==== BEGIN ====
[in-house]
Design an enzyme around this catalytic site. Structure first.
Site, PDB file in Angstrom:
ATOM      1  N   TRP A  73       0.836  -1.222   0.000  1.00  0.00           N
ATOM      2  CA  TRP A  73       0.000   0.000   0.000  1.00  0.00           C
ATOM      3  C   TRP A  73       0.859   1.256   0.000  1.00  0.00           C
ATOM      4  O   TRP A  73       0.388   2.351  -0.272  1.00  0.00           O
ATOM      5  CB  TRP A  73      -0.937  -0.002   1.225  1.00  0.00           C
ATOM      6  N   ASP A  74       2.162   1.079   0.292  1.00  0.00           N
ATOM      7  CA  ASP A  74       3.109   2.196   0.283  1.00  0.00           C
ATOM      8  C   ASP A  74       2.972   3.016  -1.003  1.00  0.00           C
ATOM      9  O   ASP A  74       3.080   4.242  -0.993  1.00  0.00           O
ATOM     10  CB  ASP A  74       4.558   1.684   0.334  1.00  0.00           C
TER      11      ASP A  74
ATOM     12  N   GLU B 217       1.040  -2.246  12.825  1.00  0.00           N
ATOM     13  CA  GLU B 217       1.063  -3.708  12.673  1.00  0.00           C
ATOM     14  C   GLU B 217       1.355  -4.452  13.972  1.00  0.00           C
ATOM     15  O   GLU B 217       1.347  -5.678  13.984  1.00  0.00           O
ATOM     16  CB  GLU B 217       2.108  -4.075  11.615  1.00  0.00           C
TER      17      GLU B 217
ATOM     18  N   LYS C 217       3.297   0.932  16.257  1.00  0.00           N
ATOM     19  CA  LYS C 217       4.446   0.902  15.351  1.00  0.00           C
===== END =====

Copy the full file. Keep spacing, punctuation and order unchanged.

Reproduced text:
[in-house]
Design an enzyme around this catalytic site. Structure first.
Site, PDB file in Angstrom:
ATOM      1  N   TRP A  73       0.836  -1.222   0.000  1.00  0.00           N
ATOM      2  CA  TRP A  73       0.000   0.000   0.000  1.00  0.00           C
ATOM      3  C   TRP A  73       0.859   1.256   0.000  1.00  0.00           C
ATOM      4  O   TRP A  73       0.388   2.351  -0.272  1.00  0.00           O
ATOM      5  CB  TRP A  73      -0.937  -0.002   1.225  1.00  0.00           C
ATOM      6  N   ASP A  74       2.162   1.079   0.292  1.00  0.00           N
ATOM      7  CA  ASP A  74       3.109   2.196   0.283  1.00  0.00           C
ATOM      8  C   ASP A  74       2.972   3.016  -1.003  1.00  0.00           C
ATOM      9  O   ASP A  74       3.080   4.242  -0.993  1.00  0.00           O
ATOM     10  CB  ASP A  74       4.558   1.684   0.334  1.00  0.00           C
TER      11      ASP A  74
ATOM     12  N   GLU B 217       1.040  -2.246  12.825  1.00  0.00           N
ATOM     13  CA  GLU B 217       1.063  -3.708  12.673  1.00  0.00           C
ATOM     14  C   GLU B 217       1.355  -4.452  13.972  1.00  0.00           C
ATOM     15  O   GLU B 217       1.347  -5.678  13.984  1.00  0.00           O
ATOM     16  CB  GLU B 217       2.108  -4.075  11.615  1.00  0.00           C
TER      17      GLU B 217
ATOM     18  N   LYS C 217       3.297   0.932  16.257  1.00  0.00           N
ATOM     19  CA  LYS C 217       4.446   0.902  15.351  1.00  0.00           C